B.B. King, Blues Legend, Dead at Age 89

PHOTO: BB King performs during the 2014 Festival International de Jazz de Montreal, July 5, 2014, in Montreal.PlayRoberta Parkin/Getty Images
WATCH Blues Legend B.B. King Dead at 89

Blues legend B.B. King has died at the age of 89, Clark County, Nevada Coroner John Fudenberg told ABC News.

King, who is considered one of the greatest guitarists of all-time, died at 9:40 p.m. Thursday, Fudenberg said. He had been living in hospice care in Las Vegas, which he had told his fans via his website on May 1.

The musician, who has more than 40 studio albums to his credit, was inducted into the Blues Hall of Fame in 1980 and the Rock & Roll Hall of Fame in 1987. He is also a 15-time Grammy winner and has sold millions of albums worldwide. He had been touring until late last year.

Born Riley B. King in 1925 in Mississippi, the icon was inspired to play guitar as a boy after seeing his pastor play in church.

"I wanted to be like him. ... I wanted to be just like him. People used to tell me when I was younger that I played a lot like him," King told PBS in 2013.

King entered the music industry as a disc jockey in Memphis, Tennessee, after serving in World War II. He earned the name B.B. after he was called "the Beale Street Blues Boy" and that nickname was shortened, according to Biography.com.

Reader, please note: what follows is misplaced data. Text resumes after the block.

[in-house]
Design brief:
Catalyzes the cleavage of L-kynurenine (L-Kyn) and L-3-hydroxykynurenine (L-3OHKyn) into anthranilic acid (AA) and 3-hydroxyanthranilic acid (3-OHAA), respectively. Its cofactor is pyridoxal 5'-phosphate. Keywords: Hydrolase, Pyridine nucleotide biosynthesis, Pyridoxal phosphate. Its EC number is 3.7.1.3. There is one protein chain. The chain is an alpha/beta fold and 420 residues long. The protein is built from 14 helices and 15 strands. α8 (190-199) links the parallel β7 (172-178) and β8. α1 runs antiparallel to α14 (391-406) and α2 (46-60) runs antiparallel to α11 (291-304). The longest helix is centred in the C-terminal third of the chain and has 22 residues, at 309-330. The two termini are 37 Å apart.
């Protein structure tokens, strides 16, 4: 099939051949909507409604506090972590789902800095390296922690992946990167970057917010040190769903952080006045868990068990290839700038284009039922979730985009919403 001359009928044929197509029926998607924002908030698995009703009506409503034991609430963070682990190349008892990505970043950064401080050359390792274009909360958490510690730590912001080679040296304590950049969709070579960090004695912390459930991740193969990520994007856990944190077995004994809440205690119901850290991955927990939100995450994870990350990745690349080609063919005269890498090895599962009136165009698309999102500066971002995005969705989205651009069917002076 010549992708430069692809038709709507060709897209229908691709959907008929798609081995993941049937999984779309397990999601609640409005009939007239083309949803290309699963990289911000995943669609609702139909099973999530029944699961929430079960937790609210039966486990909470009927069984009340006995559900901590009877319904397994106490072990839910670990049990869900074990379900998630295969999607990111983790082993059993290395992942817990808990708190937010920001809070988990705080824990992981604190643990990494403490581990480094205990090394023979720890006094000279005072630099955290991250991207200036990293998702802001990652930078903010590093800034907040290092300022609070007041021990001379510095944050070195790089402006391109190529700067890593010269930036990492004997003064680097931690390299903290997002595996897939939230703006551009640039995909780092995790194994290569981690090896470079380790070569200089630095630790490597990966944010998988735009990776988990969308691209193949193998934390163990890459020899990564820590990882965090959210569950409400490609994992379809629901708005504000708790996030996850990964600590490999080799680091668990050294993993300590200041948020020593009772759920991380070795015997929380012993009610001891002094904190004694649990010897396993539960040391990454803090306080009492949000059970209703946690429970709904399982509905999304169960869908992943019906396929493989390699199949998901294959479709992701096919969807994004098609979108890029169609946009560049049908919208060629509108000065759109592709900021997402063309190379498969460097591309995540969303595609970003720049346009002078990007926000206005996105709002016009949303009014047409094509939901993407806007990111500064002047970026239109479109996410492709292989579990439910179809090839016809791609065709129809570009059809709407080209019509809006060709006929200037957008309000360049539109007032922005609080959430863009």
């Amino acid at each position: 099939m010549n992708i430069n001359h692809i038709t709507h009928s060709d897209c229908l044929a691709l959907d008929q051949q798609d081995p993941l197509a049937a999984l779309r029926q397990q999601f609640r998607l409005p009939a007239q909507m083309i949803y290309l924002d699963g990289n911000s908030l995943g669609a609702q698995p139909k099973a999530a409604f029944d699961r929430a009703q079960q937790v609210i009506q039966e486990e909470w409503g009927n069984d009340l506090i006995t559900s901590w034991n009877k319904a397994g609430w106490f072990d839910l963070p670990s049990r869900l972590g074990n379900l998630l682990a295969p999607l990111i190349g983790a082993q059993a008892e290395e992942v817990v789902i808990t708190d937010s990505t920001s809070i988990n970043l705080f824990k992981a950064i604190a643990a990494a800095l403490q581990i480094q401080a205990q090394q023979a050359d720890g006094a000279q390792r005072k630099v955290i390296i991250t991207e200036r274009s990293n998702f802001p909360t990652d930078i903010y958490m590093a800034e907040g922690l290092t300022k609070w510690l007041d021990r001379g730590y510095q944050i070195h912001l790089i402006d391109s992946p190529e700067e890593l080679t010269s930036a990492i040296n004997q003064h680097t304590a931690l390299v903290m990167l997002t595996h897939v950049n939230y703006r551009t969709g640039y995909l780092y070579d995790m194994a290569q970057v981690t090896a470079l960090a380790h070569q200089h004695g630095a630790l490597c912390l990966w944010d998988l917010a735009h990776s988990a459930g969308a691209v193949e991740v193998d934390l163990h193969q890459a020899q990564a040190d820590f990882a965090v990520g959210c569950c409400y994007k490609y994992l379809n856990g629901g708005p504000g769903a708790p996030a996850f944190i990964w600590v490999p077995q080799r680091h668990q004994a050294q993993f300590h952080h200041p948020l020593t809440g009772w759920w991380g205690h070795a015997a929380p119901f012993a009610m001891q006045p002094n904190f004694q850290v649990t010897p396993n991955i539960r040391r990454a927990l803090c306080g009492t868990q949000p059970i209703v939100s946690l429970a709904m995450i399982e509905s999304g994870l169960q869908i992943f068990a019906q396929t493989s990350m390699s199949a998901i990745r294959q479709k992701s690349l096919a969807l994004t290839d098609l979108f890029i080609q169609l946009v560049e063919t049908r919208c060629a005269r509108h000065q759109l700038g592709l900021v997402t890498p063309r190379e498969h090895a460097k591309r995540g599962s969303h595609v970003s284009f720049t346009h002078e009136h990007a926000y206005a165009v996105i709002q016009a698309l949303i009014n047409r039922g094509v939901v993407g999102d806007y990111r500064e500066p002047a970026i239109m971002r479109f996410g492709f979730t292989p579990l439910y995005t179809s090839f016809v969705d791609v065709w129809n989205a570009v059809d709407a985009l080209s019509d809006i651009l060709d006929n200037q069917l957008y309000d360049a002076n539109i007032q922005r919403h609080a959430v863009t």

King's recording career started in 1949 and he had his first hit three years later with "3 O'Clock Blues," which was followed by others, including "You Know I Love You" and "Woke Up This Morning."

Known later in his seven-decade career as the "King of the Blues," King was self-taught and named every guitar he used Lucille after an incident at a dance in Arkansas, where a fire broke out after two men were fighting over a woman with that name. His guitar almost perished in the flames of a fire, but he was able to rescue his first Lucille. In 1967, King wrote and recorded "Lucille," which details how his iconic guitar got its famed name.

In 1969, King released "The Thrill is Gone," one of his biggest hits for the album "Completely Well." The single hit number 3 on the 1970 Billboard Best Selling Soul Singes chart and number 15 on the Hot 100. He later won a Grammy for the song.

King collaborated with numerous musicians, including Eric Clapton, U2, John Lee Hooker, Daryl Hall and Carole King. King performed a reported 15,000 times during his career.

"I look at an audience like meeting my in-laws for the first time," he told PBS in 1986. "You want to be yourself, but you still want to be someone they like. When I go out on stage each night, I try my best to outguess my audience and I like to feel in most cases like I'm a big guy with long, rubber arms that I can reach around my audience and swing and sway with them."

But King was more than music. In fact, the first B.B. King's Blues Club opened 1991 on Beale Street in Memphis, the same street that got him his iconic name. Other clubs opened in Los Angeles, New York and Nashville, among other locations.

King had been outspoken about his Type II diabetes and was a spokesperson for awareness of the disease.

King was married twice in his life, to Martha Lee Denton and Sue Carol Hall, both of which ended by the mid-1960s. The musician is survived by his 11 living children.